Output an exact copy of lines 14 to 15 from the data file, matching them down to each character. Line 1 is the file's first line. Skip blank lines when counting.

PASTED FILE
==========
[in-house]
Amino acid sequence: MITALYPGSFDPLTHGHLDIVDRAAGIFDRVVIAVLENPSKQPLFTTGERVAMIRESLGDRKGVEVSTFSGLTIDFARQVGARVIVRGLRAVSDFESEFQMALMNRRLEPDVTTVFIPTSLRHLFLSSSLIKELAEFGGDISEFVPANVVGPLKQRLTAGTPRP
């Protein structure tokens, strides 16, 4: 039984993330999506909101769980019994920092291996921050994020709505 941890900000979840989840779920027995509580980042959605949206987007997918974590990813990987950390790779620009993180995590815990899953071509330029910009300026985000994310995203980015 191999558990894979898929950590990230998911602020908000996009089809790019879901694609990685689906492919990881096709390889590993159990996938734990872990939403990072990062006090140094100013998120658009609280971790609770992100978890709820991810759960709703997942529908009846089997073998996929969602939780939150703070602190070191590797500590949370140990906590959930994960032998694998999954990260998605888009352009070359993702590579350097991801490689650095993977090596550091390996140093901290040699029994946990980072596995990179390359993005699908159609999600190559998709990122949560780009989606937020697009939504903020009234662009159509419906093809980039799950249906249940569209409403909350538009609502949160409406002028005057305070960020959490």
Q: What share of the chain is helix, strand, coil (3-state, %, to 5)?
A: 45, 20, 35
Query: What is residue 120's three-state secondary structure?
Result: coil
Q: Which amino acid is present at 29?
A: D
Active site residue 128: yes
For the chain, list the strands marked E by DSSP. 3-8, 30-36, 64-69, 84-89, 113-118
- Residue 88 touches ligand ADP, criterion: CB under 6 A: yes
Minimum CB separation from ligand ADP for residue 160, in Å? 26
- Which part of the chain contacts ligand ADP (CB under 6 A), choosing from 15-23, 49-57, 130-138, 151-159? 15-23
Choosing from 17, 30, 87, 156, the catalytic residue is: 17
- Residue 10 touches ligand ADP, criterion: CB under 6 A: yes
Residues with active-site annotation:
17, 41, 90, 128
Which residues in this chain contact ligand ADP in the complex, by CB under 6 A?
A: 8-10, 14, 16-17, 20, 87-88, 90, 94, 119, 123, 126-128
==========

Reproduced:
- Which part of the chain contacts ligand ADP (CB under 6 A), choosing from 15-23, 49-57, 130-138, 151-159? 15-23
Choosing from 17, 30, 87, 156, the catalytic residue is: 17